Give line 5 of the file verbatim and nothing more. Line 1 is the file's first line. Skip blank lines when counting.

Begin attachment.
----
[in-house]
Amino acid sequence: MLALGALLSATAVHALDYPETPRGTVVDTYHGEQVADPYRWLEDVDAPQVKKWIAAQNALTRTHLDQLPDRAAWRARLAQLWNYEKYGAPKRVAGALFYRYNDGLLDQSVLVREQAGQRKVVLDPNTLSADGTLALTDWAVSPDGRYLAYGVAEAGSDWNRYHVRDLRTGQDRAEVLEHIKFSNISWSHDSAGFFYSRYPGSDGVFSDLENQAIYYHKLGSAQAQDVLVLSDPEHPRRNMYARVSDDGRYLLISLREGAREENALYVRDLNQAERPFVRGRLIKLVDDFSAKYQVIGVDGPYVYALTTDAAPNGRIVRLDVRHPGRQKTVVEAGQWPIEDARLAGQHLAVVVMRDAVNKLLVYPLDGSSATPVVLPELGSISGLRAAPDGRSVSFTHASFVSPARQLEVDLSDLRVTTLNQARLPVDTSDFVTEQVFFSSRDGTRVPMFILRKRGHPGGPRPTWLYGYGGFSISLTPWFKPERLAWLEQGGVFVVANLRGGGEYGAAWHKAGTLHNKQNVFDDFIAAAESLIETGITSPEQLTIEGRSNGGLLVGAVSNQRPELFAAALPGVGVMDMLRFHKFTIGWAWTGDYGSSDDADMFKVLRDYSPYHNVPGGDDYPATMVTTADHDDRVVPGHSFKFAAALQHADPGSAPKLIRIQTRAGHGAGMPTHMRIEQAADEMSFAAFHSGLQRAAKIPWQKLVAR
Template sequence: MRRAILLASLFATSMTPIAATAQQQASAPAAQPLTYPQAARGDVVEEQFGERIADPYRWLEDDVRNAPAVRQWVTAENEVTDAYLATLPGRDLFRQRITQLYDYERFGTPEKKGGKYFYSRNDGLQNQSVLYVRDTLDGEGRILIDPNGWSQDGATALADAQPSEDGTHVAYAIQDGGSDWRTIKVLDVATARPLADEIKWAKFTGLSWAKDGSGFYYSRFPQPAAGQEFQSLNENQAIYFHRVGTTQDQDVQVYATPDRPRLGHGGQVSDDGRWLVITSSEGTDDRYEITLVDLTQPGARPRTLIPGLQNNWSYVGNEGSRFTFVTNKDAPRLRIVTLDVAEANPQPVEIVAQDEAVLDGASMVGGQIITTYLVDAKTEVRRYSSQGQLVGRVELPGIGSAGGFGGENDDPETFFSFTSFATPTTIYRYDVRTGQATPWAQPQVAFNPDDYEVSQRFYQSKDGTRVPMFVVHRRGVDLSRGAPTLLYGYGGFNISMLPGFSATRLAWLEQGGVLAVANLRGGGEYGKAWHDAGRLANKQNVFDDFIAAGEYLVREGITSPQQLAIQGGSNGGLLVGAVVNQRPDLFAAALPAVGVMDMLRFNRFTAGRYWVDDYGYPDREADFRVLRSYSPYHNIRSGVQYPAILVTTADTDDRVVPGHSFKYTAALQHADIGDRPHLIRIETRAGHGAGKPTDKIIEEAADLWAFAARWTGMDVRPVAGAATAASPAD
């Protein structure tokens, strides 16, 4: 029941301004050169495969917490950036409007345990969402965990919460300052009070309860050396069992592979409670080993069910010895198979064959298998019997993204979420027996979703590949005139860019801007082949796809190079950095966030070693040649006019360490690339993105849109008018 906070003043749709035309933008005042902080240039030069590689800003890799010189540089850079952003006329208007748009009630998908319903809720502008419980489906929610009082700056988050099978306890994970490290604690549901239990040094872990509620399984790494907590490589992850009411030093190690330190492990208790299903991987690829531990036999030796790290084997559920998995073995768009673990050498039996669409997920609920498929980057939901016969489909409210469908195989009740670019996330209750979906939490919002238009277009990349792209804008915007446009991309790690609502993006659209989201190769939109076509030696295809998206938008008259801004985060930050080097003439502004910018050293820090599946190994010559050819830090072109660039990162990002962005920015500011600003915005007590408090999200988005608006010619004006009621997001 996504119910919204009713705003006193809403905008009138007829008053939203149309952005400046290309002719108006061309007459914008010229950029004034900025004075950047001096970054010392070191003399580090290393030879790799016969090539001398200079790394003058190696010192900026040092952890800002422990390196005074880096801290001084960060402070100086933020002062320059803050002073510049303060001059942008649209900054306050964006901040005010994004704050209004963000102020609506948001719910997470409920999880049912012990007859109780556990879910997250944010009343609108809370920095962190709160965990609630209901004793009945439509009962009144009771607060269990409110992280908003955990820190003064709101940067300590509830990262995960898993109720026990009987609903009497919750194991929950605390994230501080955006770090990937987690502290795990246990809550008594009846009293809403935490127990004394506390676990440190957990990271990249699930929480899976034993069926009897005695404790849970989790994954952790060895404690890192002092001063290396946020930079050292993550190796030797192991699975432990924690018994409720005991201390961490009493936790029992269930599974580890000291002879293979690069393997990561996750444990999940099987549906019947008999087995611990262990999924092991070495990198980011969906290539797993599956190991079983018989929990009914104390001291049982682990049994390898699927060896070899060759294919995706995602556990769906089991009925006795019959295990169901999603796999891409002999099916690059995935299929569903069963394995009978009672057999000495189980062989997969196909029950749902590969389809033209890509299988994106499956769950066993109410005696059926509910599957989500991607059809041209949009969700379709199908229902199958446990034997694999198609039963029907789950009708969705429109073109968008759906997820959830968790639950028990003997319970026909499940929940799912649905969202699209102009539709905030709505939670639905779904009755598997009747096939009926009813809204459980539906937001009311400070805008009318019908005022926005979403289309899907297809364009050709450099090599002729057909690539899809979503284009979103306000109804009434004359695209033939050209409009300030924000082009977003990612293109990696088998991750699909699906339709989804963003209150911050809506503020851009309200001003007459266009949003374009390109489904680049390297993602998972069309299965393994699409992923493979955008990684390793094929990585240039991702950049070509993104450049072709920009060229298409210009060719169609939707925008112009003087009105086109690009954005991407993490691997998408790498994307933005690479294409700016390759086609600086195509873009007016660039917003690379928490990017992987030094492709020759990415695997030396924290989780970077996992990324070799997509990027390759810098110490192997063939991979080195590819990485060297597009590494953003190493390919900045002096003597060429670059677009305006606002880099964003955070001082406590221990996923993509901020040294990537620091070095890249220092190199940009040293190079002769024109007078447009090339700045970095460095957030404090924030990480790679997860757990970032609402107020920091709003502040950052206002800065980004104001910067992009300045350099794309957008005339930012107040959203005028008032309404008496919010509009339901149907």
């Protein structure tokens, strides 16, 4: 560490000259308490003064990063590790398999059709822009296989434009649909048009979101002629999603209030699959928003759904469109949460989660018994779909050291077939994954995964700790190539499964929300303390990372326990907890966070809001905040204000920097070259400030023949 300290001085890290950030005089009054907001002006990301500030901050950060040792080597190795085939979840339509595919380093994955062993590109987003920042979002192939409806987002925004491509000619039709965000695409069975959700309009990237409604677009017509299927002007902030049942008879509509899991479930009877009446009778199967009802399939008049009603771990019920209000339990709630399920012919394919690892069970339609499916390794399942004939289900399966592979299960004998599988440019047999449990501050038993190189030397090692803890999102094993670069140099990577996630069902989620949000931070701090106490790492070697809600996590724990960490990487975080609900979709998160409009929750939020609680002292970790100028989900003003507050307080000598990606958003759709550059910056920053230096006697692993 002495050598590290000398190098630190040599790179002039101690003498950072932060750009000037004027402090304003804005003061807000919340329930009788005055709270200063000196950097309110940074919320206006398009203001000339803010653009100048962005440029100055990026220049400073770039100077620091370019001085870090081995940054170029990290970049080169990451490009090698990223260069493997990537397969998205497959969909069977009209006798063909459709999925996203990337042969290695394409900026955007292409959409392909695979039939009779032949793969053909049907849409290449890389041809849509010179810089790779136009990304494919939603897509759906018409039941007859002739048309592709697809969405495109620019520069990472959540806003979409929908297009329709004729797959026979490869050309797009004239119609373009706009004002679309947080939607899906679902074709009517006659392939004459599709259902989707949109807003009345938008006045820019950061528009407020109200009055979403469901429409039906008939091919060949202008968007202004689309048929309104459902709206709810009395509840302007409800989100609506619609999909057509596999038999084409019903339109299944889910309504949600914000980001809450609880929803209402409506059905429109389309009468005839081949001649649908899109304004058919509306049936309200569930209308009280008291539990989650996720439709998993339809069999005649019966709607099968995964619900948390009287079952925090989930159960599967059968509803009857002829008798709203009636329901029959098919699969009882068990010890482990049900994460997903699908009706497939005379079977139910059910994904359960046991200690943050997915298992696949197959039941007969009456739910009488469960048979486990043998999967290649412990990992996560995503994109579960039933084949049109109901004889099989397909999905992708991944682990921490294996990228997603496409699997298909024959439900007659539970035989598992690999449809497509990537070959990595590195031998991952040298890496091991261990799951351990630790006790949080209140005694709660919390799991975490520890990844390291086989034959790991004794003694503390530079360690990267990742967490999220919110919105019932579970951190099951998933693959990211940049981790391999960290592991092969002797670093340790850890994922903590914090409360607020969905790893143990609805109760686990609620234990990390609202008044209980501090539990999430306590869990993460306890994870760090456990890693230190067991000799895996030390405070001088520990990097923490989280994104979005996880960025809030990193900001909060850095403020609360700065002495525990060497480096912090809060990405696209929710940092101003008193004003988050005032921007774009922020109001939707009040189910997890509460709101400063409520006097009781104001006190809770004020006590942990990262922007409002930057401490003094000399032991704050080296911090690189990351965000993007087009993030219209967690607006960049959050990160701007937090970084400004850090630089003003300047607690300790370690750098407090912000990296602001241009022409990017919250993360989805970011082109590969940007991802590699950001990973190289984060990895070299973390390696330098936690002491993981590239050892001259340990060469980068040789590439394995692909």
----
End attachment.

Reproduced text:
């Protein structure tokens, strides 16, 4: 560490000259308490003064990063590790398999059709822009296989434009649909048009979101002629999603209030699959928003759904469109949460989660018994779909050291077939994954995964700790190539499964929300303390990372326990907890966070809001905040204000920097070259400030023949 300290001085890290950030005089009054907001002006990301500030901050950060040792080597190795085939979840339509595919380093994955062993590109987003920042979002192939409806987002925004491509000619039709965000695409069975959700309009990237409604677009017509299927002007902030049942008879509509899991479930009877009446009778199967009802399939008049009603771990019920209000339990709630399920012919394919690892069970339609499916390794399942004939289900399966592979299960004998599988440019047999449990501050038993190189030397090692803890999102094993670069140099990577996630069902989620949000931070701090106490790492070697809600996590724990960490990487975080609900979709998160409009929750939020609680002292970790100028989900003003507050307080000598990606958003759709550059910056920053230096006697692993 002495050598590290000398190098630190040599790179002039101690003498950072932060750009000037004027402090304003804005003061807000919340329930009788005055709270200063000196950097309110940074919320206006398009203001000339803010653009100048962005440029100055990026220049400073770039100077620091370019001085870090081995940054170029990290970049080169990451490009090698990223260069493997990537397969998205497959969909069977009209006798063909459709999925996203990337042969290695394409900026955007292409959409392909695979039939009779032949793969053909049907849409290449890389041809849509010179810089790779136009990304494919939603897509759906018409039941007859002739048309592709697809969405495109620019520069990472959540806003979409929908297009329709004729797959026979490869050309797009004239119609373009706009004002679309947080939607899906679902074709009517006659392939004459599709259902989707949109807003009345938008006045820019950061528009407020109200009055979403469901429409039906008939091919060949202008968007202004689309048929309104459902709206709810009395509840302007409800989100609506619609999909057509596999038999084409019903339109299944889910309504949600914000980001809450609880929803209402409506059905429109389309009468005839081949001649649908899109304004058919509306049936309200569930209308009280008291539990989650996720439709998993339809069999005649019966709607099968995964619900948390009287079952925090989930159960599967059968509803009857002829008798709203009636329901029959098919699969009882068990010890482990049900994460997903699908009706497939005379079977139910059910994904359960046991200690943050997915298992696949197959039941007969009456739910009488469960048979486990043998999967290649412990990992996560995503994109579960039933084949049109109901004889099989397909999905992708991944682990921490294996990228997603496409699997298909024959439900007659539970035989598992690999449809497509990537070959990595590195031998991952040298890496091991261990799951351990630790006790949080209140005694709660919390799991975490520890990844390291086989034959790991004794003694503390530079360690990267990742967490999220919110919105019932579970951190099951998933693959990211940049981790391999960290592991092969002797670093340790850890994922903590914090409360607020969905790893143990609805109760686990609620234990990390609202008044209980501090539990999430306590869990993460306890994870760090456990890693230190067991000799895996030390405070001088520990990097923490989280994104979005996880960025809030990193900001909060850095403020609360700065002495525990060497480096912090809060990405696209929710940092101003008193004003988050005032921007774009922020109001939707009040189910997890509460709101400063409520006097009781104001006190809770004020006590942990990262922007409002930057401490003094000399032991704050080296911090690189990351965000993007087009993030219209967690607006960049959050990160701007937090970084400004850090630089003003300047607690300790370690750098407090912000990296602001241009022409990017919250993360989805970011082109590969940007991802590699950001990973190289984060990895070299973390390696330098936690002491993981590239050892001259340990060469980068040789590439394995692909």